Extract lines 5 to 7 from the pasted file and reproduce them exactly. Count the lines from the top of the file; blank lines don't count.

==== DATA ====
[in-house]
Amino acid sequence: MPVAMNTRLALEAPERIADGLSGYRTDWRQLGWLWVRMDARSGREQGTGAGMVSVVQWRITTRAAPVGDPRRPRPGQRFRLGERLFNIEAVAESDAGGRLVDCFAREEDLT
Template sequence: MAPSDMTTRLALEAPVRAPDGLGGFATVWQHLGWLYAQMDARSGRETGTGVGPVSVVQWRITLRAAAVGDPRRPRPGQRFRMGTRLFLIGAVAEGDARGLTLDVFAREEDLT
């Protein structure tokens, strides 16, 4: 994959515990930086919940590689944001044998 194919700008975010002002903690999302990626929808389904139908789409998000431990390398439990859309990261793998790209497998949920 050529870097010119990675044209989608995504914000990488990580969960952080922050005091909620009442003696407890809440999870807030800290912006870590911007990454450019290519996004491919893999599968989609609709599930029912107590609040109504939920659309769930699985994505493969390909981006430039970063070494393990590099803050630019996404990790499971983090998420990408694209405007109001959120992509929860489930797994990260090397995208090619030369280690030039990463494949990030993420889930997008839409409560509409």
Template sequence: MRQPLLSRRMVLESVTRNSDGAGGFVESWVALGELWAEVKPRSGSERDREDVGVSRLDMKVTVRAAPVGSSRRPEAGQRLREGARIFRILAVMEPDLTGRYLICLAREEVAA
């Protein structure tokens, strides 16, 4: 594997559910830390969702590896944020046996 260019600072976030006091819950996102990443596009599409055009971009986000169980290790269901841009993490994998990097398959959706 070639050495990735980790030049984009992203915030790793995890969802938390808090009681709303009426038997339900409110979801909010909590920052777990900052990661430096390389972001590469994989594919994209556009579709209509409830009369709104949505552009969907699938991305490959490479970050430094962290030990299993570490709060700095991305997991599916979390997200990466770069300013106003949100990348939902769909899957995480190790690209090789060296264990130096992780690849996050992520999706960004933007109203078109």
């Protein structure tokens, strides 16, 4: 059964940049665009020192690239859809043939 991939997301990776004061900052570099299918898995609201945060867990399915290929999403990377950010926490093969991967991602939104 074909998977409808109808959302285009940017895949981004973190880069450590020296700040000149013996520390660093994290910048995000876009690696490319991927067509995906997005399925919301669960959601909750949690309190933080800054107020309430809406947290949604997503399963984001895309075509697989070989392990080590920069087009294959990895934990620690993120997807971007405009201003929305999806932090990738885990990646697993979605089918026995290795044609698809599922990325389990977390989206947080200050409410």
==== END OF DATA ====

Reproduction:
Template sequence: MRQPLLSRRMVLESVTRNSDGAGGFVESWVALGELWAEVKPRSGSERDREDVGVSRLDMKVTVRAAPVGSSRRPEAGQRLREGARIFRILAVMEPDLTGRYLICLAREEVAA
């Protein structure tokens, strides 16, 4: 594997559910830390969702590896944020046996 260019600072976030006091819950996102990443596009599409055009971009986000169980290790269901841009993490994998990097398959959706 070639050495990735980790030049984009992203915030790793995890969802938390808090009681709303009426038997339900409110979801909010909590920052777990900052990661430096390389972001590469994989594919994209556009579709209509409830009369709104949505552009969907699938991305490959490479970050430094962290030990299993570490709060700095991305997991599916979390997200990466770069300013106003949100990348939902769909899957995480190790690209090789060296264990130096992780690849996050992520999706960004933007109203078109």
């Protein structure tokens, strides 16, 4: 059964940049665009020192690239859809043939 991939997301990776004061900052570099299918898995609201945060867990399915290929999403990377950010926490093969991967991602939104 074909998977409808109808959302285009940017895949981004973190880069450590020296700040000149013996520390660093994290910048995000876009690696490319991927067509995906997005399925919301669960959601909750949690309190933080800054107020309430809406947290949604997503399963984001895309075509697989070989392990080590920069087009294959990895934990620690993120997807971007405009201003929305999806932090990738885990990646697993979605089918026995290795044609698809599922990325389990977390989206947080200050409410």